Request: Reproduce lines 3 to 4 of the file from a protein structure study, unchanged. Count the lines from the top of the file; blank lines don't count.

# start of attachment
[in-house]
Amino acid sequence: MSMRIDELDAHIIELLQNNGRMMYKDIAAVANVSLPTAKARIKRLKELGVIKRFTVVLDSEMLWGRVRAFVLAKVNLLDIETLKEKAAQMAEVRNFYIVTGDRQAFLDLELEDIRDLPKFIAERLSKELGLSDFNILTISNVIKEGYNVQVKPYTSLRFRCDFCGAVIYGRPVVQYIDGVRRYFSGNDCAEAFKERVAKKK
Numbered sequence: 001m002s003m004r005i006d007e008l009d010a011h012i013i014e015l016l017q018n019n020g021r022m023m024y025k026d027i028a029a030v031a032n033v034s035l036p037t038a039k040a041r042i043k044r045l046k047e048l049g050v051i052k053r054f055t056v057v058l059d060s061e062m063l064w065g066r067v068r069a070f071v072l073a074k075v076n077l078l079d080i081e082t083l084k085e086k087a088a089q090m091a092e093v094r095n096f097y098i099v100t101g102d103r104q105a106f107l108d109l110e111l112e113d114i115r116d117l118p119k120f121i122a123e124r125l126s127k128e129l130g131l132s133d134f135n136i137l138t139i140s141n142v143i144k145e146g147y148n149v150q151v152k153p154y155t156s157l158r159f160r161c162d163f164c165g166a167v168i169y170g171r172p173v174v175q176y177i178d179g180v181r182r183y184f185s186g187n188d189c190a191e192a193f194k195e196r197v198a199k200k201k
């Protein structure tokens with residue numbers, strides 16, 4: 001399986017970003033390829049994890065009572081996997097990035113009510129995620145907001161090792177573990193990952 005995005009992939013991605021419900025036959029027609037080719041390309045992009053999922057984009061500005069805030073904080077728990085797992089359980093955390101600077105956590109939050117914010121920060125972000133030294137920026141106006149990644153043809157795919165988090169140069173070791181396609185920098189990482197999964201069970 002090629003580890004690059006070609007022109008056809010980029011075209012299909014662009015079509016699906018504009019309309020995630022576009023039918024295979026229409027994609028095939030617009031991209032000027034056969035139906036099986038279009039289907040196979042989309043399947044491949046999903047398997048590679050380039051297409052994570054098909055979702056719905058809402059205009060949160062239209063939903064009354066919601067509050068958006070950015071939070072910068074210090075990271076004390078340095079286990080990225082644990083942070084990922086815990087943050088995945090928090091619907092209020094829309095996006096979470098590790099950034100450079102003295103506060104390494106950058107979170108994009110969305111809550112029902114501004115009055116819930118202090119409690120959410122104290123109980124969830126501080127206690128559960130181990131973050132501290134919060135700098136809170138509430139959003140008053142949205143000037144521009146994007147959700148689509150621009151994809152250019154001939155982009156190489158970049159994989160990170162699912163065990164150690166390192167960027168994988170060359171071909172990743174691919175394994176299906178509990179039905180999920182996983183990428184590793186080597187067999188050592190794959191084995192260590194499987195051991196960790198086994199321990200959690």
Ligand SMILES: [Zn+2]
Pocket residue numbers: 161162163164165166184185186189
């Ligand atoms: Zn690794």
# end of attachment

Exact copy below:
Numbered sequence: 001m002s003m004r005i006d007e008l009d010a011h012i013i014e015l016l017q018n019n020g021r022m023m024y025k026d027i028a029a030v031a032n033v034s035l036p037t038a039k040a041r042i043k044r045l046k047e048l049g050v051i052k053r054f055t056v057v058l059d060s061e062m063l064w065g066r067v068r069a070f071v072l073a074k075v076n077l078l079d080i081e082t083l084k085e086k087a088a089q090m091a092e093v094r095n096f097y098i099v100t101g102d103r104q105a106f107l108d109l110e111l112e113d114i115r116d117l118p119k120f121i122a123e124r125l126s127k128e129l130g131l132s133d134f135n136i137l138t139i140s141n142v143i144k145e146g147y148n149v150q151v152k153p154y155t156s157l158r159f160r161c162d163f164c165g166a167v168i169y170g171r172p173v174v175q176y177i178d179g180v181r182r183y184f185s186g187n188d189c190a191e192a193f194k195e196r197v198a199k200k201k
């Protein structure tokens with residue numbers, strides 16, 4: 001399986017970003033390829049994890065009572081996997097990035113009510129995620145907001161090792177573990193990952 005995005009992939013991605021419900025036959029027609037080719041390309045992009053999922057984009061500005069805030073904080077728990085797992089359980093955390101600077105956590109939050117914010121920060125972000133030294137920026141106006149990644153043809157795919165988090169140069173070791181396609185920098189990482197999964201069970 002090629003580890004690059006070609007022109008056809010980029011075209012299909014662009015079509016699906018504009019309309020995630022576009023039918024295979026229409027994609028095939030617009031991209032000027034056969035139906036099986038279009039289907040196979042989309043399947044491949046999903047398997048590679050380039051297409052994570054098909055979702056719905058809402059205009060949160062239209063939903064009354066919601067509050068958006070950015071939070072910068074210090075990271076004390078340095079286990080990225082644990083942070084990922086815990087943050088995945090928090091619907092209020094829309095996006096979470098590790099950034100450079102003295103506060104390494106950058107979170108994009110969305111809550112029902114501004115009055116819930118202090119409690120959410122104290123109980124969830126501080127206690128559960130181990131973050132501290134919060135700098136809170138509430139959003140008053142949205143000037144521009146994007147959700148689509150621009151994809152250019154001939155982009156190489158970049159994989160990170162699912163065990164150690166390192167960027168994988170060359171071909172990743174691919175394994176299906178509990179039905180999920182996983183990428184590793186080597187067999188050592190794959191084995192260590194499987195051991196960790198086994199321990200959690």